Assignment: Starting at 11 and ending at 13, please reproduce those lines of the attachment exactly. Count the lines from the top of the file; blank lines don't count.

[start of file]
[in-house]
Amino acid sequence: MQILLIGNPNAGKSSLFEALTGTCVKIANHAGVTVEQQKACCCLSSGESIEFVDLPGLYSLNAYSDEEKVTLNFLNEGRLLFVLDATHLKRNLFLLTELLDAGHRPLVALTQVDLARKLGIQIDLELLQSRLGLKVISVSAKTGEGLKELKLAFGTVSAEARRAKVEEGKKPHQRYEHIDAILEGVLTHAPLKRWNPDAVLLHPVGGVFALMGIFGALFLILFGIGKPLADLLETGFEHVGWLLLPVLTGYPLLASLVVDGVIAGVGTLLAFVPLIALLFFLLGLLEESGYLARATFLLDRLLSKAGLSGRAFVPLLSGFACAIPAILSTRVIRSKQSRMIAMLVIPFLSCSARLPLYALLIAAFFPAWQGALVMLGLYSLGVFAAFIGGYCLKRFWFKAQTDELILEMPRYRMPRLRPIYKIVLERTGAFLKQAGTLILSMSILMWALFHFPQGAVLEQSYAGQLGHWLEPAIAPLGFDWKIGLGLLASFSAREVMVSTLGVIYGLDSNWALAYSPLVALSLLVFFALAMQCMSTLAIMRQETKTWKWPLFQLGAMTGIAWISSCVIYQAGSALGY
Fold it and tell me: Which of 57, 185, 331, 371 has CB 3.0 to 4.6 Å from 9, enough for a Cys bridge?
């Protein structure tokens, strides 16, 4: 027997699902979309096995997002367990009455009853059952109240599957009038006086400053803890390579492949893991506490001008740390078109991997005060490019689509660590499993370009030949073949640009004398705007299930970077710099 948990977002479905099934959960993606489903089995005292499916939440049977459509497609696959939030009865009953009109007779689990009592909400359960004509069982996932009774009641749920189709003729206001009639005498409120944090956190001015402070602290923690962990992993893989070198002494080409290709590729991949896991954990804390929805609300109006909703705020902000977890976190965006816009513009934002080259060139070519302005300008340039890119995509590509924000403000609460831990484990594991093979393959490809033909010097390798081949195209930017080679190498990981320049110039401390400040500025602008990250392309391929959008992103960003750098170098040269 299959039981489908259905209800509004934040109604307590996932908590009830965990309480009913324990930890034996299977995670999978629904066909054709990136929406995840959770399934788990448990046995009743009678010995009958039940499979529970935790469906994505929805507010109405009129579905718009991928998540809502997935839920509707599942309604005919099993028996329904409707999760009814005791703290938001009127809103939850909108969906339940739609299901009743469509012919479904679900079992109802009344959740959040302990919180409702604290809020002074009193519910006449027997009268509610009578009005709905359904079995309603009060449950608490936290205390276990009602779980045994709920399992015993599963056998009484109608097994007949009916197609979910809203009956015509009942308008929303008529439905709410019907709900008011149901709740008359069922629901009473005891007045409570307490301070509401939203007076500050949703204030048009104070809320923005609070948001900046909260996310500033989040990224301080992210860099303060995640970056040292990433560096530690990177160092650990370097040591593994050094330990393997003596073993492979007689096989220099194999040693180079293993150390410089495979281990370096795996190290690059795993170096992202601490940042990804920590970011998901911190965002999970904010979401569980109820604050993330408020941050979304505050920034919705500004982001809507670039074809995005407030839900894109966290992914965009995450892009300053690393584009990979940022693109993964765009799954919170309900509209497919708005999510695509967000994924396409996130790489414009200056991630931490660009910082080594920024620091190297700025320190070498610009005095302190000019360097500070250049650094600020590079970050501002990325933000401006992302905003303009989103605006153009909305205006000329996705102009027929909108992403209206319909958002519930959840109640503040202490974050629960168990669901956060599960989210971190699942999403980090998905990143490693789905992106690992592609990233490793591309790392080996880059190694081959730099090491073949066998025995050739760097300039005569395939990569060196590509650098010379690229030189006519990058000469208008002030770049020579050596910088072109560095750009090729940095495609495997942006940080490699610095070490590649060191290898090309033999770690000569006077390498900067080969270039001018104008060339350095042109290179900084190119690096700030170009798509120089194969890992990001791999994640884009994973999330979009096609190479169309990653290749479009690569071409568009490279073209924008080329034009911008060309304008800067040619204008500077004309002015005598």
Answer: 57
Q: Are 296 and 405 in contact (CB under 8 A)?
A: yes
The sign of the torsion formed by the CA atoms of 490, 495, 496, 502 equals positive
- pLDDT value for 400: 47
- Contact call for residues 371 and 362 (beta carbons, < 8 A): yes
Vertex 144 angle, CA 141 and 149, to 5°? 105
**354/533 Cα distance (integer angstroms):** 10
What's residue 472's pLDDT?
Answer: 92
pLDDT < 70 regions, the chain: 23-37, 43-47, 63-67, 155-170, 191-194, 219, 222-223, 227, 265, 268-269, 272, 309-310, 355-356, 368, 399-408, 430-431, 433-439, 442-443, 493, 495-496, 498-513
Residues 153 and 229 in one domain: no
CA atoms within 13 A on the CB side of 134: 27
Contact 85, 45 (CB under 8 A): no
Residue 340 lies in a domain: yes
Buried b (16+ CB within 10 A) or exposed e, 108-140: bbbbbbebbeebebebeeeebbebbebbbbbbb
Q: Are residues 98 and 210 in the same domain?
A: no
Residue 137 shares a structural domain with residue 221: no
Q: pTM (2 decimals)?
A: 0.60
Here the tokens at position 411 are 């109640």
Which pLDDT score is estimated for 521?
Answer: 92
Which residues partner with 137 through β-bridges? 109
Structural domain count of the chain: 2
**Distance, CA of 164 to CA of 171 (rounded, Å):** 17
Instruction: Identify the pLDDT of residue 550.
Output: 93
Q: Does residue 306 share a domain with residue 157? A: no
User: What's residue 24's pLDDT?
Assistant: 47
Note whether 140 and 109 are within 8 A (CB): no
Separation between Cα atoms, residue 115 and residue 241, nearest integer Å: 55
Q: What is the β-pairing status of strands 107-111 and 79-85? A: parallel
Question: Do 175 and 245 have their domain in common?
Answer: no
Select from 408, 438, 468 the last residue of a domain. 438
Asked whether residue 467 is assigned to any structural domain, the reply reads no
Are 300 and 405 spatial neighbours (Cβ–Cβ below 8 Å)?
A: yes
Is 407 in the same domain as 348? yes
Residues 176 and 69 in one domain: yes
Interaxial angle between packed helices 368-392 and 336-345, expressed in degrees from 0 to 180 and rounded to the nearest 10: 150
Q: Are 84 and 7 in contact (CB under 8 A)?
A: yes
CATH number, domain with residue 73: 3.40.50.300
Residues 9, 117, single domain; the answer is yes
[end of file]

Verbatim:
Vertex 144 angle, CA 141 and 149, to 5°? 105
**354/533 Cα distance (integer angstroms):** 10
What's residue 472's pLDDT?